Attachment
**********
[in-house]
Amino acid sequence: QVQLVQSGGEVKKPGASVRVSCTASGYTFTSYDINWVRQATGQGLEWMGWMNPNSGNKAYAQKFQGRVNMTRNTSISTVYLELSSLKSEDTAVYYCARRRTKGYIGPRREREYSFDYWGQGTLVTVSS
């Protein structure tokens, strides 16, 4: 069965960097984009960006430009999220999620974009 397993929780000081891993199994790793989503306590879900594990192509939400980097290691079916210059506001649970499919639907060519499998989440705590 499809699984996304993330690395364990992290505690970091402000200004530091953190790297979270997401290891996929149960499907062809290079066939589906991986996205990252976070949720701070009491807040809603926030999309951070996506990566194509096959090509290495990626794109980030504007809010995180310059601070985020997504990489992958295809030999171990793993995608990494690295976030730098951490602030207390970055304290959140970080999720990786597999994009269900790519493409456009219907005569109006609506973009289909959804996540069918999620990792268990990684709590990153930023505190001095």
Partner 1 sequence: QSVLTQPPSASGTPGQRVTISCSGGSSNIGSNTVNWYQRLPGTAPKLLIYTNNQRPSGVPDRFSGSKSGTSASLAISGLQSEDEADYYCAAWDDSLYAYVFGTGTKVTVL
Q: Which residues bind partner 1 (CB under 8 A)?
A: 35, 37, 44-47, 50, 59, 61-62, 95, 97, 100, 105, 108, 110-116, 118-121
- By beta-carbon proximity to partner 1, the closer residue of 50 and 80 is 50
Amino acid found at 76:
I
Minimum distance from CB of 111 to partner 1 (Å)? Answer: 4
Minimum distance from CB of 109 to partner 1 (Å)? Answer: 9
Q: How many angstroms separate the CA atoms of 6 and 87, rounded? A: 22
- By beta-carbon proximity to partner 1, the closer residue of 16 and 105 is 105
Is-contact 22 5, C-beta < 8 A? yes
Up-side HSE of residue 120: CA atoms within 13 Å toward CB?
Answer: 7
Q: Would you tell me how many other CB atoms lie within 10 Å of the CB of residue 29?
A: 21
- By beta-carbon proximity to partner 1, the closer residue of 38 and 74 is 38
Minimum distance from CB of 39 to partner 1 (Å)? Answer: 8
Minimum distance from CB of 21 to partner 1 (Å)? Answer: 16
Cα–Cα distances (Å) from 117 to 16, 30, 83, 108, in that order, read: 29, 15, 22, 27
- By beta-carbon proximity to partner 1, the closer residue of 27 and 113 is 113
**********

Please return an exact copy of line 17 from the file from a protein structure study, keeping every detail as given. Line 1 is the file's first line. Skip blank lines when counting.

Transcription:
Q: Would you tell me how many other CB atoms lie within 10 Å of the CB of residue 29?